We had arrived just above Pyrgi and lunched at the roadside after which we pushed on through the quiet village and parked by the church. The footpath that ran on up the valley was chosen - another Tristan recommendation - and as the sun had now gone butterfly activity had also diminished, but a pair of in-cop Chapman's Blues and Wall Browns (Lasiommata megera) created a sense of siesta. Later, an Anomalous Blue, tricky to photograph as usual, turned out to be a Grecian Anomalous Blue (Polyommatus araoniensis) thereby completing the set of four. Our journey continued down the wide valley, wooded to the east, but the habitat didn't induce a further stop until we had by-passed Petroussa and even Volakas and reached 'our' bend near Mikroklissoura on by now wet roads. Alan saw an Eastern Short-tailed Blue (Cupido decoloratus) amongst other puddlers down by the stream, including Lang's Short-tailed (Leptotes pirithous), Meleager's (Polyommatis daphnis), Chapman's and Silver-studded Blues (Plebejus argus)). Soon everything had taken shelter so we departed in a stiff shower most of the way back to the hotel, delayed only by the usual palava of pushing our way through a large herd of cows.
Back by 5pm we sat on our balcony to do the day list, with a beer as usual, as a thunderstorm continued to build, now obscuring the mountains completely, followed by a violent downpour accompanied by ferocious cold winds forcing us inside my room! My list was plucked from the table and stuck on the balustrade - fortunately I was able to grab it, soaking wet, before it disappeared. Oh for a proper English summer! The storm soon passed through though. Dinner was a tad disappointing as the staff were entertaining some friends and forgot about our meat dish until reminded - shame.
Saturday 13 July
Cloudless sky, just as forecast, for our final full day with a trip up Falakro planned, and hopes were high. But at the ski station we were met by low swirling cloud and hardly any sun. The hillside to the north was in sun so we set-off to pay it a visit despite it being heavily grazed. A tired Safflower Skipper (Pyrgus carthami) was identified and a solitary Clouded Apollo (Parnassius mnemosyne) struggled through. We think we saw Phalakron Blues too. Our walk continued roughly southwards following the ridge so that we'd intersect with the 'SE' path from Tuesday. Low cloud accompanied us all the way. A moment of excitement occurred when I thought I'd found an Almond-eyed Ringlet (Erebia alberganus) but it turned out to be a Woodland Ringlet (Erebia medusa) instead. A couple of Large Ringlets (Erebia euryale) were pursued, both choosing to rest on the top of dwarf junipers. The lush gully enjoyed on Tuesday was now being enjoyed by cattle adding further gloom to a poor morning. At 1pm we turned back to find the car and lunch. This morning I had not worn my hat nor needed any water - kind of sums things up.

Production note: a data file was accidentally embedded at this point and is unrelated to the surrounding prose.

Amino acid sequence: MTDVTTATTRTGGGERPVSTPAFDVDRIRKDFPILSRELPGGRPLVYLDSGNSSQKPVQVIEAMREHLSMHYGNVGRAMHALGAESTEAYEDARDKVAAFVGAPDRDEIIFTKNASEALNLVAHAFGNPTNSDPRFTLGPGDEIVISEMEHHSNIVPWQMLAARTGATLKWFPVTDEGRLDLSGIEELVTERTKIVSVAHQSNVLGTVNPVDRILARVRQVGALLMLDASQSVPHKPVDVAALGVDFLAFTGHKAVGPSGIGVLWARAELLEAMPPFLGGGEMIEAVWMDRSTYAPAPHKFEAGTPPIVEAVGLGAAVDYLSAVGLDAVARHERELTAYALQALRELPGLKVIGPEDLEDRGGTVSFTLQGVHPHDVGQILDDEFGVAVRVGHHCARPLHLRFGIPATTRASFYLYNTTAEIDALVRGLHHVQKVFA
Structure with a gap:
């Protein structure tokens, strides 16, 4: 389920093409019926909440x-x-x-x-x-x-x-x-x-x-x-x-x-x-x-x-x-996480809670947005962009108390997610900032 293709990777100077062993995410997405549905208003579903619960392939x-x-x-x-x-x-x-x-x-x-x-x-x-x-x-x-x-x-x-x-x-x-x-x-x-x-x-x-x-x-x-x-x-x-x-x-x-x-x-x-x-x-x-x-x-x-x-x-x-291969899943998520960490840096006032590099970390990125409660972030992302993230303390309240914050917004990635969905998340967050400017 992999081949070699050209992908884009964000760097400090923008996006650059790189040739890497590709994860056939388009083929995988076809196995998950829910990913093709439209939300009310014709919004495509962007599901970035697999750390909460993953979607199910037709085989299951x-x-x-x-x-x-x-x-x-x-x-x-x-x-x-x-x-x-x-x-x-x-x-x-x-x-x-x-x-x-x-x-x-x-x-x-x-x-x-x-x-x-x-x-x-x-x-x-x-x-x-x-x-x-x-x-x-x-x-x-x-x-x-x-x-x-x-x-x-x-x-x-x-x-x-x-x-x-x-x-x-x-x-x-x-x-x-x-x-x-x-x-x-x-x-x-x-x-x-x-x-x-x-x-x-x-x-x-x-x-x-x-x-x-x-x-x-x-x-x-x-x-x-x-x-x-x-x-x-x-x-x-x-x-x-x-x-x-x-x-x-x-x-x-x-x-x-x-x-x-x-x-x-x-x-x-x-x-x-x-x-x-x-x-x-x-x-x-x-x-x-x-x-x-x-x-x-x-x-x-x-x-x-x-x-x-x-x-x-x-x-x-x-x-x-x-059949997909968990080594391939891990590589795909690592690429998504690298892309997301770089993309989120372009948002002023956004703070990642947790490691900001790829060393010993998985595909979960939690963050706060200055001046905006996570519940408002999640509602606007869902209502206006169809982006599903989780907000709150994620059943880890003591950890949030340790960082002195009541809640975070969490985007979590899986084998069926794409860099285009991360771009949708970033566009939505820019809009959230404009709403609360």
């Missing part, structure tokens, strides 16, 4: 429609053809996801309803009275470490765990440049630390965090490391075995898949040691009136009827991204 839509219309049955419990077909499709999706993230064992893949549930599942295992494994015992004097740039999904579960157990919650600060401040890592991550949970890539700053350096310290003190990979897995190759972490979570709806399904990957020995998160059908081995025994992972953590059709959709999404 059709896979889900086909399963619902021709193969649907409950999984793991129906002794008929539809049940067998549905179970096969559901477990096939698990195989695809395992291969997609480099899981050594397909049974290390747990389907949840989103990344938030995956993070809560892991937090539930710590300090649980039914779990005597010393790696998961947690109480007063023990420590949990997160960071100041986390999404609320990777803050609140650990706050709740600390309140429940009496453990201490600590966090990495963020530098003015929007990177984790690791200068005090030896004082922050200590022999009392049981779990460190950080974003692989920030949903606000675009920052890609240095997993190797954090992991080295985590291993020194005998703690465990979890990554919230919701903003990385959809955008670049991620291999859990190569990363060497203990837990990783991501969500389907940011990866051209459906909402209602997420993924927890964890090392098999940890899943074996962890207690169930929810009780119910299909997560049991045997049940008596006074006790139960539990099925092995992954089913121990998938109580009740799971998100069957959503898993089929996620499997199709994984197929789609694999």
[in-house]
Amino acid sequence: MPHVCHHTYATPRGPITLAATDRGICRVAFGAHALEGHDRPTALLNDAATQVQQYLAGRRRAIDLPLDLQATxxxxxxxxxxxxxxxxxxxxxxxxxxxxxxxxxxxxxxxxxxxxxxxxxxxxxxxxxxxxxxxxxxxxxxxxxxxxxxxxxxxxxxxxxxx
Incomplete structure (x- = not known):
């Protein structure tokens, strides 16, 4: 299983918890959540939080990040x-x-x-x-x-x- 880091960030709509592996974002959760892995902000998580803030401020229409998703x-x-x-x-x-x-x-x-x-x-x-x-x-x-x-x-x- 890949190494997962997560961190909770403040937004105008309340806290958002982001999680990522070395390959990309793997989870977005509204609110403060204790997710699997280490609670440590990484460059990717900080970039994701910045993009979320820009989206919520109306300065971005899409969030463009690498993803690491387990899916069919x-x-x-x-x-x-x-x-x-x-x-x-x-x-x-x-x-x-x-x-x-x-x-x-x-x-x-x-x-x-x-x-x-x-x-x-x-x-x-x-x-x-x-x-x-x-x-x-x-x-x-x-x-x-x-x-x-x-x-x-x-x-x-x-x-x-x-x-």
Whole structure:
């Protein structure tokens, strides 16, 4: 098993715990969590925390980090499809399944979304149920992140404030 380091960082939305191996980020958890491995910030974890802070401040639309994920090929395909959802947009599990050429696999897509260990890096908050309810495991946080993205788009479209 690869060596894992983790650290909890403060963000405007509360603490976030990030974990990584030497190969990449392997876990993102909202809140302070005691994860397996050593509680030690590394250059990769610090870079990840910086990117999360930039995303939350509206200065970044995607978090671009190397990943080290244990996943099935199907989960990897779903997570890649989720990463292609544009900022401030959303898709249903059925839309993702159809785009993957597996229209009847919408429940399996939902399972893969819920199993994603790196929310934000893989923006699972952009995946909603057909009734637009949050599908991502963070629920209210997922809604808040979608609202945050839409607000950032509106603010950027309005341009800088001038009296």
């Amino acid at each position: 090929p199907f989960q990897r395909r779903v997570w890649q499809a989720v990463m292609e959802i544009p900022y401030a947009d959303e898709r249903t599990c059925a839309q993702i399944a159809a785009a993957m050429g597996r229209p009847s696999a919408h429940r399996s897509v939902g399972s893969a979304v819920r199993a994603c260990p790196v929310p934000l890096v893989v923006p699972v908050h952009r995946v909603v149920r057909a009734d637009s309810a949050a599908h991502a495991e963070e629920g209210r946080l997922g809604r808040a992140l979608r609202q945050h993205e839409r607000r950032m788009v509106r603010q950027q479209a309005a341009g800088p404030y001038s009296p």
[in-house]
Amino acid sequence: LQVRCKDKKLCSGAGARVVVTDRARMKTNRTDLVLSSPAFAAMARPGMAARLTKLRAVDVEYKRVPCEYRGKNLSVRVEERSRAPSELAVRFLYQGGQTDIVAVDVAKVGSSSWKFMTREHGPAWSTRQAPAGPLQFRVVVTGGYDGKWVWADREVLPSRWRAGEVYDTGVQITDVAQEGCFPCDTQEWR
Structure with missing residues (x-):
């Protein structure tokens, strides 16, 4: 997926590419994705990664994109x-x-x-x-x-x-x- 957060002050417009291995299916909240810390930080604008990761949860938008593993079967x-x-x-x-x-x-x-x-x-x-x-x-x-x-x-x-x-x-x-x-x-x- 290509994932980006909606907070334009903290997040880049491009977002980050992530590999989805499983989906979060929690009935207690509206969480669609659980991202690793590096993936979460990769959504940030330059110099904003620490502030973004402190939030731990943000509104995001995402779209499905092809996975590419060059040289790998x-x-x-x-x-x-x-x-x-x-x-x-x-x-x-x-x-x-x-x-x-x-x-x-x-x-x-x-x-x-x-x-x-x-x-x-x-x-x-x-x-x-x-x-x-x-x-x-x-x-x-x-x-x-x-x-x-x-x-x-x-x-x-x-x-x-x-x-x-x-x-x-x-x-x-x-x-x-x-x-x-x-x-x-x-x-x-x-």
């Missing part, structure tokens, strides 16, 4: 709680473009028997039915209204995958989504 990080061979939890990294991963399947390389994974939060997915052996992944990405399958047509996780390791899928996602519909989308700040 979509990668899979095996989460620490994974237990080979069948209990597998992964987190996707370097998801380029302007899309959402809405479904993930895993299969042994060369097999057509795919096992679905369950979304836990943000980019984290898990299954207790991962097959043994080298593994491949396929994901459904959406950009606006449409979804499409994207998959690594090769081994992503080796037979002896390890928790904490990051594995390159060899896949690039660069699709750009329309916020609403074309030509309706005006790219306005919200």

We lunched at the southern end of the loop in cool, grey weather and whilst Alan disappeared to go plant hunting I stayed in the car reviewing my photos. On the descent we stopped at the sharp left-hand hairpin, still in open country, and on a lovely south-facing slope immediately found ourselves amongst butterflies. Dusky Meadow Brown (Hyponephele lycaon) and Tufted Marbled Skipper (Carcharodus flocciferus) were photographed, and several small frits succeeded in evading capture and mugshots. As the pines came into view we stopped again and discovered Great Sooty Satyr, Turquiose Blue (a female behaving like a male - perching on a stem then dashing off to chase anything that came past) and Great Banded Graylings. On my way back to the car down the steep grassy slope my left leg shot out from underneath me as my foot slipped on pine cones, like ball bearings. Painful initially, the soreness soon eased. A final stop at the dwarf elder bend had its usual 5 or 6 Silver-washed Frilillaries plus 2 f.valezina, a Speckled Wood (Pararge aegeria) and a pair of Large Whites (Pieris brassicae).
As we had been asked to pay the hotel in cash we had to drive south to Prosotsani to find an ATM. Down on the plain the temperature was oven-like - even at 6pm the chemist shop in the town square was showing 36°. The town felt desperate, being quiet, sad, depressed - a taste of the real Greece we suspected. The first ATM was out of order but a local lad helpfully directed us to another. On the shady side of the square we had an Amstel whilst some of the town's old boys played their various games, occasionally shouting as if WW3 was about to erupt.
Sunday 14 July
Off at 7.30 for Drama, as advised, to pick-up the signs for Thessaloniki for our 12 noon departure back home.
Another good trip with well in excess of 110 species.